Harley Davidson 1907
Harley Davidson, 1907

 

Harley Davidson Model 7 1911
Harley Davidson Model 7, 1911

The factory offered four singles with either 26- or 28-inch wheels (wheels were measured from the outer edge of the tire back then), and either battery or magneto ignition. These were referred to as the Model 7. Single cylinder, single-belt drive, battery ignition, 4.34 HP, 35 c.i., 28-(or 26) inch wheels.

Model 11J - twin-cylinder, twin-chain drive, generator, 8.68 HP, 60.34 c.i. equipped with sidecar.

Harley Davidson Model 11J sidecare 1915
Harley Davidson Model 11J w sidecar, 1915

 

Flying Merkel Model V 1911
Flying Merkel Model V, 1911

50 cubic inch Inlet Over Exhaust V-twin. 6 hp with a top speed of 60 mph. Last year this model was produced in the Pottstown, PA factory.

7 hp Twin, 3speed tank shift, twin 6 volt batteries $325 new. First electric start motorcycle.

Indian V-twin - 1914
Indian V-twin, 1914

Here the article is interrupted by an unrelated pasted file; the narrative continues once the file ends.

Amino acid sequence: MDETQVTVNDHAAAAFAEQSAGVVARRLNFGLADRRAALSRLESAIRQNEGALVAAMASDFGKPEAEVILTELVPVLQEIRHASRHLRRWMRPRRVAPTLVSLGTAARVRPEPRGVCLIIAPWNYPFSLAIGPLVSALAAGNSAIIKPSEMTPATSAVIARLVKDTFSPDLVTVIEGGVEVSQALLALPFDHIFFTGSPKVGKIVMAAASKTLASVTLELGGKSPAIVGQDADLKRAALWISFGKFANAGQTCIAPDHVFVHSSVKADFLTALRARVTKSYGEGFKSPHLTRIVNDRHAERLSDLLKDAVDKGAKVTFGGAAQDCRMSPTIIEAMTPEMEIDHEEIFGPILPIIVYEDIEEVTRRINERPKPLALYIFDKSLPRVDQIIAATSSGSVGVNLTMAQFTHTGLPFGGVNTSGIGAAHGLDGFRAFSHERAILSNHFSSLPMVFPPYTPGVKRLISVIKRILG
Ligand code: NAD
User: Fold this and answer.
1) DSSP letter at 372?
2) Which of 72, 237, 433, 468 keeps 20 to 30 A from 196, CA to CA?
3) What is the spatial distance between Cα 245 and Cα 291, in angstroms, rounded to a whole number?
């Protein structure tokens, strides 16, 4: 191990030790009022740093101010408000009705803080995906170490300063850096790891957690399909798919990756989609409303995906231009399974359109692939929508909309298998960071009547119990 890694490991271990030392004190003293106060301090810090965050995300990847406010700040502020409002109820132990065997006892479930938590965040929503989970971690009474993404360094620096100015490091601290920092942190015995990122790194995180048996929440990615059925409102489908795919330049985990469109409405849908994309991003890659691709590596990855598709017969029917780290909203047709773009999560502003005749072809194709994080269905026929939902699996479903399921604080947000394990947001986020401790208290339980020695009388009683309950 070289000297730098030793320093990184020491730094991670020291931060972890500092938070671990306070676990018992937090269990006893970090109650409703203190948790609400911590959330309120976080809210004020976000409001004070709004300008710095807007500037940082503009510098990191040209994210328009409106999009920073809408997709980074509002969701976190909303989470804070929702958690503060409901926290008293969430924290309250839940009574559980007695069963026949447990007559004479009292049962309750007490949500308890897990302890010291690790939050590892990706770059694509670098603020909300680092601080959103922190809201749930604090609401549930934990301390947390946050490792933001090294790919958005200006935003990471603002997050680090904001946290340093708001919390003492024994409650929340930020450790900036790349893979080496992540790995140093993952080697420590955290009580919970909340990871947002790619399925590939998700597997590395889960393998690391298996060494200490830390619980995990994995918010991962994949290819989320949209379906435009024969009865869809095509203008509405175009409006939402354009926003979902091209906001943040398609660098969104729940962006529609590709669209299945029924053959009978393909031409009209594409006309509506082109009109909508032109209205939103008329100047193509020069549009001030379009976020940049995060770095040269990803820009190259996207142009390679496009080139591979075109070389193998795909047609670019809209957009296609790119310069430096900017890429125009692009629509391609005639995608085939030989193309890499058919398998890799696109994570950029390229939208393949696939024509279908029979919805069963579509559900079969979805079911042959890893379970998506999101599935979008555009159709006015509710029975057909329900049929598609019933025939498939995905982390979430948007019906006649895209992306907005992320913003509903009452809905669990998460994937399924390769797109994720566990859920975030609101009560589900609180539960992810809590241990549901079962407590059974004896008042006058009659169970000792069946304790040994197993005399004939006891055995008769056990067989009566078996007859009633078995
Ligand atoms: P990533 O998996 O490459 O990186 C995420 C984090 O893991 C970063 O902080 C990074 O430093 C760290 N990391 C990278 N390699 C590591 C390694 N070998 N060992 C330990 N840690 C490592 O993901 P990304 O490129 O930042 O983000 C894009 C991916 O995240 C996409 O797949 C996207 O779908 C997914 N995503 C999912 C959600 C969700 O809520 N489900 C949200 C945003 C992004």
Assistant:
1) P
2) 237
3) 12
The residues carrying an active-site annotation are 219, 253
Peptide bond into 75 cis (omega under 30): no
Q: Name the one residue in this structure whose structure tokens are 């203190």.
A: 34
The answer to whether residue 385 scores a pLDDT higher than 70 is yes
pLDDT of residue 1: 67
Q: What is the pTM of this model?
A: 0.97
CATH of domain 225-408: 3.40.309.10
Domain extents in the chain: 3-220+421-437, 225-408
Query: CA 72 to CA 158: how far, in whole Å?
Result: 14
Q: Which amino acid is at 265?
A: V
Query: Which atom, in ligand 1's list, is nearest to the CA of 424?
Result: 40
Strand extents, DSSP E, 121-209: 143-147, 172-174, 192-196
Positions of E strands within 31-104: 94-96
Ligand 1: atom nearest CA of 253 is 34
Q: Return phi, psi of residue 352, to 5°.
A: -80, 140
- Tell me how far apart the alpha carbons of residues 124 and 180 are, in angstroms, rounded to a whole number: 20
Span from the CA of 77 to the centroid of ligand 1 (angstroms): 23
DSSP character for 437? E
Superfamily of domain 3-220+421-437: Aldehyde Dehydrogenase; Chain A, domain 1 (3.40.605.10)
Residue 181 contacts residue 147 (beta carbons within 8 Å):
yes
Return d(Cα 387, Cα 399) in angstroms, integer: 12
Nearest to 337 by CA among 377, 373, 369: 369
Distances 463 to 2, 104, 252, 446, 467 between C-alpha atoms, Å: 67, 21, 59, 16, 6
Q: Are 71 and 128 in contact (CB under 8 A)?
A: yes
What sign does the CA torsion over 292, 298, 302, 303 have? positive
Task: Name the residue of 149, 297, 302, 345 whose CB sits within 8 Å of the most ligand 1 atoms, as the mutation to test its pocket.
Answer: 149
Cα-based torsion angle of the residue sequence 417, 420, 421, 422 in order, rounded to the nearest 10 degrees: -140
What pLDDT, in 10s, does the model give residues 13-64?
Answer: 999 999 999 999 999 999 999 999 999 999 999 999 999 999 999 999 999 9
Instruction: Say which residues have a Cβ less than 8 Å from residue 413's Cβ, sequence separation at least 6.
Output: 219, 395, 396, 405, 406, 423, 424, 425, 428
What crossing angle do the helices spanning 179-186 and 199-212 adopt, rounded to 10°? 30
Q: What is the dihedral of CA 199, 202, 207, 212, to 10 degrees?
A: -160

Indian Boardracer - 1920
Indian Boardracer, 1920

 

Here we have a typical Board Track Racer from Indian. This is an Indian 8 valve twin. Note that while there is a rear brake, it has been disconnected, as brakes and throttle were not used in board track racing.

Personally I find this one a particular stunner. While it is very similar to other machines of the time, there is something about this machine that just plain grabs me. Perhaps it the way the cylinders seem to merge with the curvature of the frame, or the clean nickel alloy sheen of the machined parts, the subdued color scheme. This is a truly awesome machine, and indeed lives up to the company's claim of "Mechanical Perfection". It did incorporate a rather advanced mechanical design in that it had two crankshafts thus allowing both cylinders to reach top end simultaneously and thereby providing a smooth power stroke to the rear wheel. Specifications: 31 c.i., twin cylinder, chain drive, with pedal start and hand operated three speed gearbox.

Iver Johnson Model 15-7 - 1915
Iver Johnson Model 15-7, 1915

 

 

© Jeffry L’H. Tank

Part I | Part II